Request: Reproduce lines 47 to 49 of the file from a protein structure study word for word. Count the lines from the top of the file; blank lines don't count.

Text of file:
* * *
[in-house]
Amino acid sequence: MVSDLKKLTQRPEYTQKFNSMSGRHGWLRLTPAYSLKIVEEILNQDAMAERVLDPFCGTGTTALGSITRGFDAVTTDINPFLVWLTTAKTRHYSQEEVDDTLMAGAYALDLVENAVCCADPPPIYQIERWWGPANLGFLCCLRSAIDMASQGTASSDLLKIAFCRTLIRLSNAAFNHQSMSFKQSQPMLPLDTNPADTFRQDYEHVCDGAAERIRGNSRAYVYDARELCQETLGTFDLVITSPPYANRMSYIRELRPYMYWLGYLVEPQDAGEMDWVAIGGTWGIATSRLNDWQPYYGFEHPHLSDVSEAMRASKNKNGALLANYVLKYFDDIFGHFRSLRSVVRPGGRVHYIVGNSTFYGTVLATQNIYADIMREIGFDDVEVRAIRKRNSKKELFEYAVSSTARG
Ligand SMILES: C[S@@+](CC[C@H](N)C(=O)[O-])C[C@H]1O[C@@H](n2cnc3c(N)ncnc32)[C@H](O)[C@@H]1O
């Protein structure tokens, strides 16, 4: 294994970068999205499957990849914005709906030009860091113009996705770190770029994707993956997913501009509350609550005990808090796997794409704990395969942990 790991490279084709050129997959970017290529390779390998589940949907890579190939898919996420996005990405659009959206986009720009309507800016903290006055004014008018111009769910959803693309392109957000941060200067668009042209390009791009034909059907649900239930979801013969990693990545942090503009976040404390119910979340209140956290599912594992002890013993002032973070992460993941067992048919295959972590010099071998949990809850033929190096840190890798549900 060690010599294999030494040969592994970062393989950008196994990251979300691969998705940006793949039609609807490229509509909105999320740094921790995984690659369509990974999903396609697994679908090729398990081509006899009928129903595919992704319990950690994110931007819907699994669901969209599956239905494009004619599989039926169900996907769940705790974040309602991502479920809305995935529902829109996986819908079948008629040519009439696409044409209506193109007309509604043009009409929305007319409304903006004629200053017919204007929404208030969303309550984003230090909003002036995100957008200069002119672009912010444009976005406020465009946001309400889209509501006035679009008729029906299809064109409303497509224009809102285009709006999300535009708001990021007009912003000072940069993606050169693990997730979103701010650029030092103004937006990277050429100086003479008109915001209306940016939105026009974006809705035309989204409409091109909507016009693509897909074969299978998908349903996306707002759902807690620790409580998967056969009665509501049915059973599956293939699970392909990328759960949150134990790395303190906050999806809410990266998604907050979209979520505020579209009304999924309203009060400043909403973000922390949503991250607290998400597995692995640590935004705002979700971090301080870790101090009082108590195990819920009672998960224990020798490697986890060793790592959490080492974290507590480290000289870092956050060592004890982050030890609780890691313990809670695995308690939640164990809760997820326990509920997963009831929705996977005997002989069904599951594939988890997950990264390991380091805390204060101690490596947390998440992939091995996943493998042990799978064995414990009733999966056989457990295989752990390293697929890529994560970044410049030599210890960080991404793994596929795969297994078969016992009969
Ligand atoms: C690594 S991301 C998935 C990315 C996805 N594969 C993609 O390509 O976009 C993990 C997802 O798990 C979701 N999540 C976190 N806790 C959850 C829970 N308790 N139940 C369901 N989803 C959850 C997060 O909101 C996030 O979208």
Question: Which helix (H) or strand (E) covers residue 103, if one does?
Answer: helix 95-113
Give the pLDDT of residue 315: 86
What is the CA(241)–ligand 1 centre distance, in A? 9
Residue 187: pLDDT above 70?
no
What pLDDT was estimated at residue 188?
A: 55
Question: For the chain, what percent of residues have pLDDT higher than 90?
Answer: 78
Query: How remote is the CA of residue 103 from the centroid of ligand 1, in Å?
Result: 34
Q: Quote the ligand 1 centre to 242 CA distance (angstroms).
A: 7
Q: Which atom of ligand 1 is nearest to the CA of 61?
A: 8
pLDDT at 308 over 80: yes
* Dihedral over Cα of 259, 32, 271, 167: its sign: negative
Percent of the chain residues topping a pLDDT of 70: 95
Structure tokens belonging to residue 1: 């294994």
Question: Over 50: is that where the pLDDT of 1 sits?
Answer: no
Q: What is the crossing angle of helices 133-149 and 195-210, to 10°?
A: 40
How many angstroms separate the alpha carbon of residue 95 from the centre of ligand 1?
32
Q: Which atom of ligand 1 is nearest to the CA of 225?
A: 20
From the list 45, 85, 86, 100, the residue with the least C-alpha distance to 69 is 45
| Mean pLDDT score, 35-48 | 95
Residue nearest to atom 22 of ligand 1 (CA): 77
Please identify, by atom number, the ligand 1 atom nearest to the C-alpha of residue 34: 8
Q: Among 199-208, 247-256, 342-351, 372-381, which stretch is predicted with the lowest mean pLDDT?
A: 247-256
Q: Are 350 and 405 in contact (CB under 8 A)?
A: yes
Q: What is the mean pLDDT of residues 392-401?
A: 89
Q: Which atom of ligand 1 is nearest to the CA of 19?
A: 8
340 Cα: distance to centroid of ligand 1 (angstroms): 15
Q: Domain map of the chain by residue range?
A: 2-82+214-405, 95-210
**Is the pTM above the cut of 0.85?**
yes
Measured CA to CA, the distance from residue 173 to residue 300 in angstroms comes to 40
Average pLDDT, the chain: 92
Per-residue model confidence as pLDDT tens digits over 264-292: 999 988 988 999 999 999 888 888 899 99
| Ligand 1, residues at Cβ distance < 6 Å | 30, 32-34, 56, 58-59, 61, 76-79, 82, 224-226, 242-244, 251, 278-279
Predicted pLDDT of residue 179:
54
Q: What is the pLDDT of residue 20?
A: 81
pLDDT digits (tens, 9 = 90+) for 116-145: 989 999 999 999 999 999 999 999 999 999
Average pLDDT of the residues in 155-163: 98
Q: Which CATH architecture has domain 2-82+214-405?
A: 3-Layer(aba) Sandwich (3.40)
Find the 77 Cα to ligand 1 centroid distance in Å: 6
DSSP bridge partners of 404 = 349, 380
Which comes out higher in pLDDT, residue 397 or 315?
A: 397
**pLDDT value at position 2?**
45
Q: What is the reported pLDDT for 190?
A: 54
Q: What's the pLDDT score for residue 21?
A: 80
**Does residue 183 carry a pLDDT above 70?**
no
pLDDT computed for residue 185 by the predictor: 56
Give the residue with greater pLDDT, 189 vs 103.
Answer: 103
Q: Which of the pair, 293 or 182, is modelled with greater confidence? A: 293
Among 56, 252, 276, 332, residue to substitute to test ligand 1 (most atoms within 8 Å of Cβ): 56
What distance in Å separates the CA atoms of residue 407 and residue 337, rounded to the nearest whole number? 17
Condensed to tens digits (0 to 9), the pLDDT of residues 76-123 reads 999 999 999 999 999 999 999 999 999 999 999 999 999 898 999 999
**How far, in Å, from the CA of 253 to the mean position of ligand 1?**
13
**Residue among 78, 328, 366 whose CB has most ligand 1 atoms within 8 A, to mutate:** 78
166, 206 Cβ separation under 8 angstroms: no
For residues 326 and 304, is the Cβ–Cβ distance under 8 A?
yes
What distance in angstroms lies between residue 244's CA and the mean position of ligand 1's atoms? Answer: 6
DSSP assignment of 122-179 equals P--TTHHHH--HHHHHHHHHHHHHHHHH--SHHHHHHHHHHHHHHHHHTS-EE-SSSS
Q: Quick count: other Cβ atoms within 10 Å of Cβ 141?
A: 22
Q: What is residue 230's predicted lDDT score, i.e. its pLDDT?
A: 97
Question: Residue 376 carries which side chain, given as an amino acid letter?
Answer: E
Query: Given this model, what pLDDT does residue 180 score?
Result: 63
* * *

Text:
Q: Domain map of the chain by residue range?
A: 2-82+214-405, 95-210
**Is the pTM above the cut of 0.85?**